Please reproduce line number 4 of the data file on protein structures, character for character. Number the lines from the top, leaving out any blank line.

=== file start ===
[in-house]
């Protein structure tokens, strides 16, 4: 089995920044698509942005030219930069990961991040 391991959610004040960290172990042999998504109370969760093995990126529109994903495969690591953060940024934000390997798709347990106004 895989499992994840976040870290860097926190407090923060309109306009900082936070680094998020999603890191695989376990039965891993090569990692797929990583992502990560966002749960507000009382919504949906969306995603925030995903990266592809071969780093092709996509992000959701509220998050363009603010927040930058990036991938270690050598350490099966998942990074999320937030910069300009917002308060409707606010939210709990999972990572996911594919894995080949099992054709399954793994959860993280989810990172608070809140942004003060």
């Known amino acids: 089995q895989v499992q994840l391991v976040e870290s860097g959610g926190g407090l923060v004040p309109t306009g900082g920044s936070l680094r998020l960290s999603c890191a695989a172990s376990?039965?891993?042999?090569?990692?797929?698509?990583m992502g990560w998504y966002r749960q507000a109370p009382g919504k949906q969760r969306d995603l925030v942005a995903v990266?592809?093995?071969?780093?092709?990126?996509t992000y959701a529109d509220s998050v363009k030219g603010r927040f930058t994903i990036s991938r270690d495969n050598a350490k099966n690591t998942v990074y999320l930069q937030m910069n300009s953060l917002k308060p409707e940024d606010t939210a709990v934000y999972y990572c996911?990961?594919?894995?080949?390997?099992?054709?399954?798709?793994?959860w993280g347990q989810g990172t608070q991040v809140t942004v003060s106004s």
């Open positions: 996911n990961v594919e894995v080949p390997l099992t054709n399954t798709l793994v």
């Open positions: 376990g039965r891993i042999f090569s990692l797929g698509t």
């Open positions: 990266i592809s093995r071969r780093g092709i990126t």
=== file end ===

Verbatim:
């Open positions: 996911n990961v594919e894995v080949p390997l099992t054709n399954t798709l793994v």